FourFourTwo's 100 Best Football Stadiums in the World: 70-61
#FFT100STADIUMS The 100 Best Stadiums in the World: list and features here
62. Vicente Calderon
- Location Madrid, Spain
- Opened 1967
- Tenants Atletico Madrid
- Capacity 54,907
- Record attendance 60,000
There are few more pleasant views in world football than from a seat high in the Calderon’s stunning red-and-white striped open stands on a balmy Madrid evening.
This place is notable for many reasons. It has a picturesque waterside setting – it was originally named the Mazanares after the river it is alongside, before becoming the Calderon in honour of its legendary president in 1971, Then again, there’s a dual carriageway running beneath the covered Preference Side terrace. And it was Spain’s first all-seater ground – and its first to be given a five-star UEFA rating. (Small technical note: UEFA abandoned the five-star system in 2006; top grounds are now Category Four.)
There’s a small but fascinating museum, a creche if you want to drop the nippers off, and it’s easily accessible via the Metro from central Madrid, too. Get there while you can: Atletico’s new €200m, 70,000-capacity home – which looks like a lot less fun to our eyes – is currently under construction. – NM
61. Estadio de Liga Deportiva Universitaria
- Located Quito, Ecuador
- Opened 1997
- Tenants Liga de Quito
- Capacity 41,575
- Record attendance 55,000
Since its construction, the stadium unviersally known as Casa Blanca (White House) has been a success, hosting the finals of the Copa Libertadores 2008, Copa Sudamericana 2009 and 2011 and Recopa Sudamericana (similar to UEFA’s Super Cup) in 2009 and 2010. Meanwhile, owners Liga Deportiva Universitaria de Quito have had their most successful spell in history, winning six national and four continental titles – while Ecuador also have a 100% record in qualifiers held there.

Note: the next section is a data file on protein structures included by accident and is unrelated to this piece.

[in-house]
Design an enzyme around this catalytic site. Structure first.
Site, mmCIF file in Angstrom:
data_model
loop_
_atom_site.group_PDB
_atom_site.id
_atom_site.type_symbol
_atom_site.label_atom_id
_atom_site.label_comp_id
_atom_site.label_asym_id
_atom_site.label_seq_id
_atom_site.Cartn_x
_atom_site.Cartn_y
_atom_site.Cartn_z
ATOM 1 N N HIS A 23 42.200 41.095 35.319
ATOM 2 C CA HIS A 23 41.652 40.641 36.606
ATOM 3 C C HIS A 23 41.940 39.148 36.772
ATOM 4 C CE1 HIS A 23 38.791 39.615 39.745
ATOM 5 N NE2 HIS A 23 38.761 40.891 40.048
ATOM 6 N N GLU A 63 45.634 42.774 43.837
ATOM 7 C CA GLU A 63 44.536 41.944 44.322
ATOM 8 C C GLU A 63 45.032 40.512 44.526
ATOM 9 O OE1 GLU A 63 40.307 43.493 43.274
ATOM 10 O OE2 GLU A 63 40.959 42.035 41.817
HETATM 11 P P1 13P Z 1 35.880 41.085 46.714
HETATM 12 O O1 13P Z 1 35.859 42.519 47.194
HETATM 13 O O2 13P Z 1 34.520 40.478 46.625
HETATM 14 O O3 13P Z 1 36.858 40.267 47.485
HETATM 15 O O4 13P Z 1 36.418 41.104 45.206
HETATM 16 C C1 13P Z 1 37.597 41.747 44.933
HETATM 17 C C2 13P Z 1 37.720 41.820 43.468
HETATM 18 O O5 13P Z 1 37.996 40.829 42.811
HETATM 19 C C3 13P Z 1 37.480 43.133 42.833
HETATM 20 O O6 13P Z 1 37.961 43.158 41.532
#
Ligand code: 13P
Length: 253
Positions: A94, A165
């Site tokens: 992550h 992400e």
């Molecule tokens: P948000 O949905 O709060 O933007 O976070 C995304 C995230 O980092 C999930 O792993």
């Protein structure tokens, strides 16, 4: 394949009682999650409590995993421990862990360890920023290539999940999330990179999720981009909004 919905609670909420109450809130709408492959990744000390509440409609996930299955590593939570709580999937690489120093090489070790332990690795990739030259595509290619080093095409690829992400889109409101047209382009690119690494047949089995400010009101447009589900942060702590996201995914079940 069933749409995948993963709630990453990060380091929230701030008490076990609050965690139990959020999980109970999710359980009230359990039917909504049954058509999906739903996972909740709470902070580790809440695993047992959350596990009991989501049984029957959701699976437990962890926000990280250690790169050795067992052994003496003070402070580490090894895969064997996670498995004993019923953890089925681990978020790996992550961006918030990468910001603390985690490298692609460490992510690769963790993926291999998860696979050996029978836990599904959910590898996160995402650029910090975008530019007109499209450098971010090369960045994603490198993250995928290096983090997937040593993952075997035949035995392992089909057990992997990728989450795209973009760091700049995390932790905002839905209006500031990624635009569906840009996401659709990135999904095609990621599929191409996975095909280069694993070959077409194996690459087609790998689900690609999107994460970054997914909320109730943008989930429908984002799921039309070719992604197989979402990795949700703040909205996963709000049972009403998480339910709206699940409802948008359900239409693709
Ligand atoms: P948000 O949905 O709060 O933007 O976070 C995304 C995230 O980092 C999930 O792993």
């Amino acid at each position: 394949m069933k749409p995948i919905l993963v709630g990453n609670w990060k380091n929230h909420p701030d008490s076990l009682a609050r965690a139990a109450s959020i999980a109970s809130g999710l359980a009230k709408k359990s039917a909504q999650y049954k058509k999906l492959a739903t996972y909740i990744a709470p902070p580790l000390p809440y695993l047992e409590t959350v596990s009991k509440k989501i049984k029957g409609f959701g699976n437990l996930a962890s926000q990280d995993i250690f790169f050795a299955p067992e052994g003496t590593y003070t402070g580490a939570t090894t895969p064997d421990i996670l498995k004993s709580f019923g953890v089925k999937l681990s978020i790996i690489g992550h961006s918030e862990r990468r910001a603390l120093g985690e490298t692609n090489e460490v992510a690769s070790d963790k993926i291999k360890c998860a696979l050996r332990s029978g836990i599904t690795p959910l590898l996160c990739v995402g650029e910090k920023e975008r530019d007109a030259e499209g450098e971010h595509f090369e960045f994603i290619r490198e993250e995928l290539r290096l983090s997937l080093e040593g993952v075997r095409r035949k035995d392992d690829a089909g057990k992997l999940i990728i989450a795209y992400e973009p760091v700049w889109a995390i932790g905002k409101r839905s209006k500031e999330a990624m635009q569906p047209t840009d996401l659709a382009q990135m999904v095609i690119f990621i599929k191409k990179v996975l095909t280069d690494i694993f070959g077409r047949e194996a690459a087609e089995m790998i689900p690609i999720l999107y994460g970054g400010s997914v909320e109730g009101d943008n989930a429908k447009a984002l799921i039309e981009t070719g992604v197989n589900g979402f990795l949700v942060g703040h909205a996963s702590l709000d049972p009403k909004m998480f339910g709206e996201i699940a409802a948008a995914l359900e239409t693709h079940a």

The Casa Blanca was planned carefully and built slowly: to level the terrain, a thousand workers had to remove 400,000 cubic metres of land. Its grass seeds were imported from France and grown meticulously for two years in Ecuador’s Cayambe valley, warily checked for possible alien grass. Once the grass was relocated to the Casa Blanca, workers and players had to wash their shoes before stepping on the ground, to protect it.
The result is glorious, as the stadium itself – including four dressing rooms, 442 VIP suites (some were sold for $60,000), a presidential suite and even a chapel. – MM. Main pic by Kerem Özcan